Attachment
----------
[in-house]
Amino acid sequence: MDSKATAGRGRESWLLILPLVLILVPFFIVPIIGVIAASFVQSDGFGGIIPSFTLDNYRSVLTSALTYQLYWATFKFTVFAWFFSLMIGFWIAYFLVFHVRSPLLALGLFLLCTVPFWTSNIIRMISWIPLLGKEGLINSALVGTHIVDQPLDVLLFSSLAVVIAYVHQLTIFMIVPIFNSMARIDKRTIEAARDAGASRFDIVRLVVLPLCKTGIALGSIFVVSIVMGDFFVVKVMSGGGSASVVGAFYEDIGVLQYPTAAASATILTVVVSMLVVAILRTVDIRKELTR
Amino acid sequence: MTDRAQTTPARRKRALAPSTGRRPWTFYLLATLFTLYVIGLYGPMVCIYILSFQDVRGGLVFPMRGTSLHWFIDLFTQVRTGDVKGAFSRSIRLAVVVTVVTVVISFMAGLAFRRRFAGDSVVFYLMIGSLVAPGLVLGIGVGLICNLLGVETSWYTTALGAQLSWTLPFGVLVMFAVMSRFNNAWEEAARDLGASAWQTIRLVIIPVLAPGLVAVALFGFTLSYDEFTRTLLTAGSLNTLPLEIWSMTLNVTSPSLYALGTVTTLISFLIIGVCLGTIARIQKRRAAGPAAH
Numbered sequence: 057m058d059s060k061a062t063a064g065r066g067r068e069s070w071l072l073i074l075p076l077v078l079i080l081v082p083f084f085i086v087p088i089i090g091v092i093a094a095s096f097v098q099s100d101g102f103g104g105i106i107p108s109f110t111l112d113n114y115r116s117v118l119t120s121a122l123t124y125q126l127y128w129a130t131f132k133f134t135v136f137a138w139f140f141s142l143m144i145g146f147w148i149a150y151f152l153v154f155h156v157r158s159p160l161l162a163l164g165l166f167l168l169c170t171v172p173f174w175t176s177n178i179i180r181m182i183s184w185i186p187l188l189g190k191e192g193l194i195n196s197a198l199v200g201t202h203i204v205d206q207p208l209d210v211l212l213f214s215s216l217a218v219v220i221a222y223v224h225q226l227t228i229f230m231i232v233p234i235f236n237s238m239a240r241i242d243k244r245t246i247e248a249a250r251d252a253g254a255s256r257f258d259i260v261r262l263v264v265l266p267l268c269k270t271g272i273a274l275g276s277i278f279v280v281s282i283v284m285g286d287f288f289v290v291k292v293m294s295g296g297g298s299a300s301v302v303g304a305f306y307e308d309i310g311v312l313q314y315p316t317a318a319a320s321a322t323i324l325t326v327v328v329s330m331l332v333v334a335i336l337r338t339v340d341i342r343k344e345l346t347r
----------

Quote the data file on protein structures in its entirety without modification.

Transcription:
[in-house]
Amino acid sequence: MDSKATAGRGRESWLLILPLVLILVPFFIVPIIGVIAASFVQSDGFGGIIPSFTLDNYRSVLTSALTYQLYWATFKFTVFAWFFSLMIGFWIAYFLVFHVRSPLLALGLFLLCTVPFWTSNIIRMISWIPLLGKEGLINSALVGTHIVDQPLDVLLFSSLAVVIAYVHQLTIFMIVPIFNSMARIDKRTIEAARDAGASRFDIVRLVVLPLCKTGIALGSIFVVSIVMGDFFVVKVMSGGGSASVVGAFYEDIGVLQYPTAAASATILTVVVSMLVVAILRTVDIRKELTR
Amino acid sequence: MTDRAQTTPARRKRALAPSTGRRPWTFYLLATLFTLYVIGLYGPMVCIYILSFQDVRGGLVFPMRGTSLHWFIDLFTQVRTGDVKGAFSRSIRLAVVVTVVTVVISFMAGLAFRRRFAGDSVVFYLMIGSLVAPGLVLGIGVGLICNLLGVETSWYTTALGAQLSWTLPFGVLVMFAVMSRFNNAWEEAARDLGASAWQTIRLVIIPVLAPGLVAVALFGFTLSYDEFTRTLLTAGSLNTLPLEIWSMTLNVTSPSLYALGTVTTLISFLIIGVCLGTIARIQKRRAAGPAAH
Numbered sequence: 057m058d059s060k061a062t063a064g065r066g067r068e069s070w071l072l073i074l075p076l077v078l079i080l081v082p083f084f085i086v087p088i089i090g091v092i093a094a095s096f097v098q099s100d101g102f103g104g105i106i107p108s109f110t111l112d113n114y115r116s117v118l119t120s121a122l123t124y125q126l127y128w129a130t131f132k133f134t135v136f137a138w139f140f141s142l143m144i145g146f147w148i149a150y151f152l153v154f155h156v157r158s159p160l161l162a163l164g165l166f167l168l169c170t171v172p173f174w175t176s177n178i179i180r181m182i183s184w185i186p187l188l189g190k191e192g193l194i195n196s197a198l199v200g201t202h203i204v205d206q207p208l209d210v211l212l213f214s215s216l217a218v219v220i221a222y223v224h225q226l227t228i229f230m231i232v233p234i235f236n237s238m239a240r241i242d243k244r245t246i247e248a249a250r251d252a253g254a255s256r257f258d259i260v261r262l263v264v265l266p267l268c269k270t271g272i273a274l275g276s277i278f279v280v281s282i283v284m285g286d287f288f289v290v291k292v293m294s295g296g297g298s299a300s301v302v303g304a305f306y307e308d309i310g311v312l313q314y315p316t317a318a319a320s321a322t323i324l325t326v327v328v329s330m331l332v333v334a335i336l337r338t339v340d341i342r343k344e345l346t347r